• Troy Donahue as Sandy Winfield II. Sandy moved to Miami to escape the shadow of his father, Jonathan Winfield I, who wanted him to be a Wall Street attorney. His father pays for Sandy's room and board at the Racquet Club in Miami Beach. At first Sandy was not part of the firm, but he was friends with Kenny and Dave and he eventually joined their business.
  • Van Williams as Kenny Madison. Kennedy graduated from law school and worked as a private investigator in New Orleans, in Bourbon Street Beat. He then moved to Miami.
  • Lee Patterson as Dave Thorne. Davie served in the Air Force in the Korean War and worked in the New York District Attorney's office before moving to Miami.
  • Diane McBain as Daphne Dutton. She is a socialite who has the berth next to the SurfSide houseboat for her yacht, the Daffy II.
  • Margarita Sierra as Cha Cha O'Brien. A featured performer at the Boom Boom Room, across the road from where the boys live.
  • Mousie Garner as Mousie

BackgroundEdit

The series was announced in April 1960 as a replacement for Bourbon Street Beat.[1] One paper described it as like "replacing a violin with a fiddle".[2] It was given a Monday night slot at 8:30.[3]

In June it was given a timeslot of Monday 8.30 pm[4]

ReceptionEdit

According to one critic Surfside 6 "was one of TV's weakest shows. For the most part poorly written and not exactly endorsed by the Actors Studio. But the teenagers loved it."[5] The Los Angeles Times called it "inept".[6]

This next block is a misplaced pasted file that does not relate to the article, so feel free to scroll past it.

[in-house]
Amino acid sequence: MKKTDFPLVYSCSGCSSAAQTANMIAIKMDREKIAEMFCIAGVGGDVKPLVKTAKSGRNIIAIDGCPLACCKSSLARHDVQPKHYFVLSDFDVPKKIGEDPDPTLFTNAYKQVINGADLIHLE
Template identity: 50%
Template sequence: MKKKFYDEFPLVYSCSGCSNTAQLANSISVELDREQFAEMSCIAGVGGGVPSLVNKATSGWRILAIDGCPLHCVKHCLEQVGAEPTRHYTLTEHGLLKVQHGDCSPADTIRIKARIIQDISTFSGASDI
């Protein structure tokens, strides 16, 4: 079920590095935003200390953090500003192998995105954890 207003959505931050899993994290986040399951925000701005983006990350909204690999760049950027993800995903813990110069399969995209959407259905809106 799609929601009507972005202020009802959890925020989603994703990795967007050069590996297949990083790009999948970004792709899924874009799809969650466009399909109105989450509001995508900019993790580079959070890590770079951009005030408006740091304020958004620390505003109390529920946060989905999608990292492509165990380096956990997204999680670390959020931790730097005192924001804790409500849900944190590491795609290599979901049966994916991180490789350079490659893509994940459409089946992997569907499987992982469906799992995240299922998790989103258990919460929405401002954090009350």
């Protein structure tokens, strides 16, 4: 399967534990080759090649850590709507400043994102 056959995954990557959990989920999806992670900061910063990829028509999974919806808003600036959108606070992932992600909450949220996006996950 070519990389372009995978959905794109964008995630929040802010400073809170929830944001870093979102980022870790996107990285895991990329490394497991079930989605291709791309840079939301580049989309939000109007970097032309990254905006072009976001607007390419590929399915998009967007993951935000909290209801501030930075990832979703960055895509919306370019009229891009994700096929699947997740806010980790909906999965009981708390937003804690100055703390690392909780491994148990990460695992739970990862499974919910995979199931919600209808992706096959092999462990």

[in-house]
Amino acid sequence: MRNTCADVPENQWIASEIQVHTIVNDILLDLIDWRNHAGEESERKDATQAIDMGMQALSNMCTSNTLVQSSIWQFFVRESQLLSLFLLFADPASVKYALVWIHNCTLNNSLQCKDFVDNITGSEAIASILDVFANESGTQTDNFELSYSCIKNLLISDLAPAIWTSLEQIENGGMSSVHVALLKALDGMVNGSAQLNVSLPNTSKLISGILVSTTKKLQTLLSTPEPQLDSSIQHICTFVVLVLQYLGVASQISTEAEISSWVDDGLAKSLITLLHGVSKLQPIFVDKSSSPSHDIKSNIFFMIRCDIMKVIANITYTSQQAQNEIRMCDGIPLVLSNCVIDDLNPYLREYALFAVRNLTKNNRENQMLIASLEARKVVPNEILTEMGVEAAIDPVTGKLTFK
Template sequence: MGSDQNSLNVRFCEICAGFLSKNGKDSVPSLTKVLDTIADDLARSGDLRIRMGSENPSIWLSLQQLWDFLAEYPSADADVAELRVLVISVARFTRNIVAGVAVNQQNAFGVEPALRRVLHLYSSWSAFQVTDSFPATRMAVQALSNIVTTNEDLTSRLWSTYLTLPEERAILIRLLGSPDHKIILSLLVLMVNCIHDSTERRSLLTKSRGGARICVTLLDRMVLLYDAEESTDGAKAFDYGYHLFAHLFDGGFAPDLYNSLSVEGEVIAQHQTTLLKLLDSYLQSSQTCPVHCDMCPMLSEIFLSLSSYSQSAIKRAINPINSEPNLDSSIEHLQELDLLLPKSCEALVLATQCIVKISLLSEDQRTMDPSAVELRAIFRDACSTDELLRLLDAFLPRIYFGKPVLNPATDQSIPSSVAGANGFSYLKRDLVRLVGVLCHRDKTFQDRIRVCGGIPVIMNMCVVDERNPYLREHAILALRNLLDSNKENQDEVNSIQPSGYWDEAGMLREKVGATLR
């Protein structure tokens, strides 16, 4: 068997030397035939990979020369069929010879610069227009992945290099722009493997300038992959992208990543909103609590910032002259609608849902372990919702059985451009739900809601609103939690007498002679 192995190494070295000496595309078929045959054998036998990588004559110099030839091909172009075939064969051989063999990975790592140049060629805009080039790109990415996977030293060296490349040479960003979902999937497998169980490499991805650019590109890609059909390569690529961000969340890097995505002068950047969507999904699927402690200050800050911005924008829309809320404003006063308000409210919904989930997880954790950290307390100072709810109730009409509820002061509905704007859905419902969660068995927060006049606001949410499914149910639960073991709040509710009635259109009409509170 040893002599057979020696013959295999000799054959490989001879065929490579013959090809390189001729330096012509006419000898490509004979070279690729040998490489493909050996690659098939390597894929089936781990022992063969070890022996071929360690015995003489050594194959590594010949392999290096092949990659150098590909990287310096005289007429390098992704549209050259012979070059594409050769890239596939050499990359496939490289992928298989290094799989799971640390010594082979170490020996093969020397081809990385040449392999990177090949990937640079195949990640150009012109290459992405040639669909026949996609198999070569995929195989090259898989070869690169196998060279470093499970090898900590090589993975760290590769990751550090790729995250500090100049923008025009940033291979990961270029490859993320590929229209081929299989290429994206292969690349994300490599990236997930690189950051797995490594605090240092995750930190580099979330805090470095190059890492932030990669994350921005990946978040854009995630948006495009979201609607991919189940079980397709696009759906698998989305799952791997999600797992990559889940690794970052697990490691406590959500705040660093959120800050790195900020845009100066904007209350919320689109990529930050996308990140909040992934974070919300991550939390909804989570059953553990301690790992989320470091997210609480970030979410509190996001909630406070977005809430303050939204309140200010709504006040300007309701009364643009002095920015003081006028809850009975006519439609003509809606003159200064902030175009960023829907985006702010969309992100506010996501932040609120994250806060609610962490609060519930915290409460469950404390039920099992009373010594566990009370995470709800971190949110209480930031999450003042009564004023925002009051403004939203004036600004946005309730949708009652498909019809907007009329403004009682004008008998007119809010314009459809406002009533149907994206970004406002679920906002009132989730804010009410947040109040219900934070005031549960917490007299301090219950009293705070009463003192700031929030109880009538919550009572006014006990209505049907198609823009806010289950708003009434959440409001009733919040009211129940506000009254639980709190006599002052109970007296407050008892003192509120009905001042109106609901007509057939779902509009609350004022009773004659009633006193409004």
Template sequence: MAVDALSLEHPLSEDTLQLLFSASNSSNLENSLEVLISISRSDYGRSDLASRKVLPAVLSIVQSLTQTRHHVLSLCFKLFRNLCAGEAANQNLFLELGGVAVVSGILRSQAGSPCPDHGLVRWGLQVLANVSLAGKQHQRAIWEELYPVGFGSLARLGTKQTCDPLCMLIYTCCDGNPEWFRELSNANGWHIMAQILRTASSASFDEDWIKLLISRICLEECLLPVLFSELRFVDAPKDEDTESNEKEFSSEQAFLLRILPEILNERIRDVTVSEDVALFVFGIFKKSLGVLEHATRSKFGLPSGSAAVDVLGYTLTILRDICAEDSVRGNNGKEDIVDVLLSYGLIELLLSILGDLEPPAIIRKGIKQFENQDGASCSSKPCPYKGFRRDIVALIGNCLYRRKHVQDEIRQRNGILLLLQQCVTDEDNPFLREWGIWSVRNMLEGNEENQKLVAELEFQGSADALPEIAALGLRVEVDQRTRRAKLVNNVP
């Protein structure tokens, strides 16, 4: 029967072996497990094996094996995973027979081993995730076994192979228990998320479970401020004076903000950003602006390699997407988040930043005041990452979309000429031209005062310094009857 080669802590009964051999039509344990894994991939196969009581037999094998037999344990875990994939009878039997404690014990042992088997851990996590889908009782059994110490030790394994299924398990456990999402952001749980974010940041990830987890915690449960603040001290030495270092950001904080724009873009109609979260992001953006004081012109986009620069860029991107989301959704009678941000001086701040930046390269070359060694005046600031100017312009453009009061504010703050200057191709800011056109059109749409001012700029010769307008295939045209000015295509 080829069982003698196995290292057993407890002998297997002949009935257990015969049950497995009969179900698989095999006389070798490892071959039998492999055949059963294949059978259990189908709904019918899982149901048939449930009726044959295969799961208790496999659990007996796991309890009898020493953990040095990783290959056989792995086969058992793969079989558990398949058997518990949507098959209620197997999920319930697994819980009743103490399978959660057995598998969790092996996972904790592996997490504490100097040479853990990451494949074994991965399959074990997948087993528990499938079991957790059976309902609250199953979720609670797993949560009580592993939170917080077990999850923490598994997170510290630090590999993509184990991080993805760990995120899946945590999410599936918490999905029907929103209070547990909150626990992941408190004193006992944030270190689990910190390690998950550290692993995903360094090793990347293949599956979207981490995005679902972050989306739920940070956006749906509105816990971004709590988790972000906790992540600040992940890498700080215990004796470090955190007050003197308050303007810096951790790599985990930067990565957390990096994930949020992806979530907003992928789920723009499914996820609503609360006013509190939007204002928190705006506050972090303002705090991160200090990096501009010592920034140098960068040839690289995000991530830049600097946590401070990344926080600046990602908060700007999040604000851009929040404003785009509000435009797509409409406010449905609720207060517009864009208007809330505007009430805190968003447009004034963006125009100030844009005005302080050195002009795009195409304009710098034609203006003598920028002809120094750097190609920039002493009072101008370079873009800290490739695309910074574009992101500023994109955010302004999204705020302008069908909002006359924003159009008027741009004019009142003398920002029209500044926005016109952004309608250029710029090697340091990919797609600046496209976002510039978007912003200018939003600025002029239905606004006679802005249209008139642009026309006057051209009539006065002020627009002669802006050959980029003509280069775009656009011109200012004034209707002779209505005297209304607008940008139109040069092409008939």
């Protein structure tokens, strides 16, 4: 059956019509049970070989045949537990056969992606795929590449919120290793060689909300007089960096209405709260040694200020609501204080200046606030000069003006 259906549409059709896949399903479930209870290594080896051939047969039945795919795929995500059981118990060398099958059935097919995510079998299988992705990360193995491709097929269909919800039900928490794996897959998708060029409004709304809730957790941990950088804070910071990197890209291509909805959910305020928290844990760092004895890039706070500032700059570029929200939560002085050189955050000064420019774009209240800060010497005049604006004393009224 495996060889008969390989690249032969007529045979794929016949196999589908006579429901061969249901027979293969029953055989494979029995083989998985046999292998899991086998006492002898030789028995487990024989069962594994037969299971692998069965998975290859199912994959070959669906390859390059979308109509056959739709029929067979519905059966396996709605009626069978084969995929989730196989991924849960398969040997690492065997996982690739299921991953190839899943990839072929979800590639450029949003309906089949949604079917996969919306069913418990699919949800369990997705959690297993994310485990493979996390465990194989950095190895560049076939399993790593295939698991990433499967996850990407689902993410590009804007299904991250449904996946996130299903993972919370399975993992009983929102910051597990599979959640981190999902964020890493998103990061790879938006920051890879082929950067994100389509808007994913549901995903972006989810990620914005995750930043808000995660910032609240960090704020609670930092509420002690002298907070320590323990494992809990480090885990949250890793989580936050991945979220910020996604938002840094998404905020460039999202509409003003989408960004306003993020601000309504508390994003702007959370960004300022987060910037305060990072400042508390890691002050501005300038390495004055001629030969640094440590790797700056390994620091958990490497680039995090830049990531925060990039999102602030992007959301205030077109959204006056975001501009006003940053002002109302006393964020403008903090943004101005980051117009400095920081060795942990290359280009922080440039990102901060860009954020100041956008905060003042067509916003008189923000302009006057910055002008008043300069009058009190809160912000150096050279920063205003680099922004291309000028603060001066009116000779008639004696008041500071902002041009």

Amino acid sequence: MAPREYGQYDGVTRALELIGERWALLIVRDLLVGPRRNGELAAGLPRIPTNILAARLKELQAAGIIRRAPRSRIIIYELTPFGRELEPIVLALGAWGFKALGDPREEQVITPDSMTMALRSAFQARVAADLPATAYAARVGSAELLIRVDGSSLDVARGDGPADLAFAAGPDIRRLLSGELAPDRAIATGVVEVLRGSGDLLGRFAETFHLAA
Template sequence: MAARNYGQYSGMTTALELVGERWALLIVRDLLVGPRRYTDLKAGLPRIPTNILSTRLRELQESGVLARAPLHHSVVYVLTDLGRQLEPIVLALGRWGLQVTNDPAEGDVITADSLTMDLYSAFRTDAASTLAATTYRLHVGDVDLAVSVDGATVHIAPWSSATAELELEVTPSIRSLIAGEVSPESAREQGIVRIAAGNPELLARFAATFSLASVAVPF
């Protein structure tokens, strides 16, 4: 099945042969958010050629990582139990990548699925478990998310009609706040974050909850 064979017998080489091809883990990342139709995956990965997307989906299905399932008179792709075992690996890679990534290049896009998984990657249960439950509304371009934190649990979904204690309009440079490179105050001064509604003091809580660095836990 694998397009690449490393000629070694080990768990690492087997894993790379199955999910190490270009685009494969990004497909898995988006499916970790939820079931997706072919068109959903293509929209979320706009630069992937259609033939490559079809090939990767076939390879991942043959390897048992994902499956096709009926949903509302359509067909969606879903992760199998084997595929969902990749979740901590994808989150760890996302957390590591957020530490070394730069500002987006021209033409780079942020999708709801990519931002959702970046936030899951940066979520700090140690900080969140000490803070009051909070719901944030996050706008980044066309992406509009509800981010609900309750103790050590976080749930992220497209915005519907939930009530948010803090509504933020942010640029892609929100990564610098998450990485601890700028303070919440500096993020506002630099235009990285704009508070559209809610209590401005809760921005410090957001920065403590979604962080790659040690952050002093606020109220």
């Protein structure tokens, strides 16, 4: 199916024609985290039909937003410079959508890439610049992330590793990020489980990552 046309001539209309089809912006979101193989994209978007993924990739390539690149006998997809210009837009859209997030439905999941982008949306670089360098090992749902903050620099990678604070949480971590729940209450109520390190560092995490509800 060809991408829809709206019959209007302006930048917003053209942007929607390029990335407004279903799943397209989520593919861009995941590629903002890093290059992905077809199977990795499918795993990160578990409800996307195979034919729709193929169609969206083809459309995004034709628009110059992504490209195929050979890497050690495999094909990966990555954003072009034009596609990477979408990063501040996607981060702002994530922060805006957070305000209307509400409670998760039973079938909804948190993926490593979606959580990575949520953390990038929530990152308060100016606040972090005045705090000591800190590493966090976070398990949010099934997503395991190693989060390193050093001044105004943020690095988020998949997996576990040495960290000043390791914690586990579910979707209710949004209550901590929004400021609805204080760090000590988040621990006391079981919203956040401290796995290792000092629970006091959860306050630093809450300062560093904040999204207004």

The show managed to be renewed for a second season.[7]

By April 1962 the show had been cancelled.[8]

Follow-upEdit

After the show was cancelled, Troy Donahue moved over to the cast of Hawaiian Eye to replace Anthony Eisley. Donahue played hotel social director Philip Barton.

Also, a book was released - Surfside 6 by Jay Flynn (US, Dell 8388, October 1962).

Margaret Sierra died in 1963 of a congenital heart condition.[9]

The houseboat was damaged in 1964 when Hurricane Cleo hit Miami.[10]

ReferencesEdit

  1. ^ TV Tips: Balloting to Begin for Emmys --Jack Gaver. The Washington Post, Times Herald (1959-1973); Washington, D.C. [Washington, D.C]17 Apr 1960: G18.
  2. ^ L.L. (1960, Apr 17). Writers taking spotlight. The Washington Post, Times Herald (1959-1973) Retrieved from https://search.proquest.com/docview/141086241
  3. ^ By, R. F. (1960, Jun 09). SENATOR KENNEDY TO BE PAAR GUEST. New York Times (1923-Current File) Retrieved from https://search.proquest.com/docview/114954358
  4. ^ NEWS OF TELEVISION AND RADIO -- CIVIL WAR By VAL ADAMS. New York Times (1923-Current file); New York, N.Y. [New York, N.Y]12 June 1960: 127.
  5. ^ A Critic's Opinions Make Him Unloved Page, Don. Los Angeles Times 5 Sep 1962: C12.
  6. ^ Plan Revived to Bring Allen Back Smith, Cecil. Los Angeles Times (1923-1995); Los Angeles, Calif. [Los Angeles, Calif]17 May 1961: A8.
  7. ^ Wolters, L. (1961, Jun 25). In prospect for next fall: Chicago Daily Tribune (1923-1963) Retrieved from https://search.proquest.com/docview/182939061
  8. ^ Fall Schedules Cut Anti-Crime Crews By Lawrence Laurent. The Washington Post, Times Herald (1959-1973); Washington, D.C. [Washington, D.C]14 Apr 1962: C9.
  9. ^ TOWER TICKER Lyon, Herb. Chicago Tribune (1963-Current file); Chicago, Ill. [Chicago, Ill]09 Sep 1963: 22.
  10. ^ AFTER THE STORM: Miami Beach Acts Quickly to Remove Scars Left by Hurricane Cleo By JAY CLARKE. New York Times 6 Sep 1964: X15.

External linksEdit